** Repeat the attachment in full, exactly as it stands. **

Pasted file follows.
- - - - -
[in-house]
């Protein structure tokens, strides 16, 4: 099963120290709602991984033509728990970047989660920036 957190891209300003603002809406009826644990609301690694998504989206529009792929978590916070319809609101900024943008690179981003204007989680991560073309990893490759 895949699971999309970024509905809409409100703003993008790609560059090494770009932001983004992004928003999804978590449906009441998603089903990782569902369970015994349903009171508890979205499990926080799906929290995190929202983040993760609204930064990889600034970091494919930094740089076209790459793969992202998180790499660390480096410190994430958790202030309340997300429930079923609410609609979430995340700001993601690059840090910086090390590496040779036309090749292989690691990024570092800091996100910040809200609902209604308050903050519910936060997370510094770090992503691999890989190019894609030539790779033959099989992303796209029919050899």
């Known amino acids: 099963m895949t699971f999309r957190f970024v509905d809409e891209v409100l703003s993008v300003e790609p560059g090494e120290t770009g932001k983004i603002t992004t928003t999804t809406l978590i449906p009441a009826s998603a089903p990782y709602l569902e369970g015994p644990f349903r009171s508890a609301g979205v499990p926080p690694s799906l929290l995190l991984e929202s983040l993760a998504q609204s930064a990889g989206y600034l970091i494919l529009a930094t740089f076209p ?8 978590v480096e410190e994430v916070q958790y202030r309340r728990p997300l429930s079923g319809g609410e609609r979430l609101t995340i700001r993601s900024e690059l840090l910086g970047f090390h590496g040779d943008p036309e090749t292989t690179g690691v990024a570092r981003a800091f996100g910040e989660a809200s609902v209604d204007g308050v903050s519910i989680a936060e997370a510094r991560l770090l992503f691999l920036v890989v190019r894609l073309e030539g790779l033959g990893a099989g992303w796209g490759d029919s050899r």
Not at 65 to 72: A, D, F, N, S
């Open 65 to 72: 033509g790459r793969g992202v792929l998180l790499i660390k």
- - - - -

[in-house]
């Protein structure tokens, strides 16, 4: 099963120290709602991984033509728990970047989660920036 957190891209300003603002809406009826644990609301690694998504989206529009792929978590916070319809609101900024943008690179981003204007989680991560073309990893490759 895949699971999309970024509905809409409100703003993008790609560059090494770009932001983004992004928003999804978590449906009441998603089903990782569902369970015994349903009171508890979205499990926080799906929290995190929202983040993760609204930064990889600034970091494919930094740089076209790459793969992202998180790499660390480096410190994430958790202030309340997300429930079923609410609609979430995340700001993601690059840090910086090390590496040779036309090749292989690691990024570092800091996100910040809200609902209604308050903050519910936060997370510094770090992503691999890989190019894609030539790779033959099989992303796209029919050899």
């Known amino acids: 099963m895949t699971f999309r957190f970024v509905d809409e891209v409100l703003s993008v300003e790609p560059g090494e120290t770009g932001k983004i603002t992004t928003t999804t809406l978590i449906p009441a009826s998603a089903p990782y709602l569902e369970g015994p644990f349903r009171s508890a609301g979205v499990p926080p690694s799906l929290l995190l991984e929202s983040l993760a998504q609204s930064a990889g989206y600034l970091i494919l529009a930094t740089f076209p ?8 978590v480096e410190e994430v916070q958790y202030r309340r728990p997300l429930s079923g319809g609410e609609r979430l609101t995340i700001r993601s900024e690059l840090l910086g970047f090390h590496g040779d943008p036309e090749t292989t690179g690691v990024a570092r981003a800091f996100g910040e989660a809200s609902v209604d204007g308050v903050s519910i989680a936060e997370a510094r991560l770090l992503f691999l920036v890989v190019r894609l073309e030539g790779l033959g990893a099989g992303w796209g490759d029919s050899r």
Not at 65 to 72: A, D, F, N, S
């Open 65 to 72: 033509g790459r793969g992202v792929l998180l790499i660390k």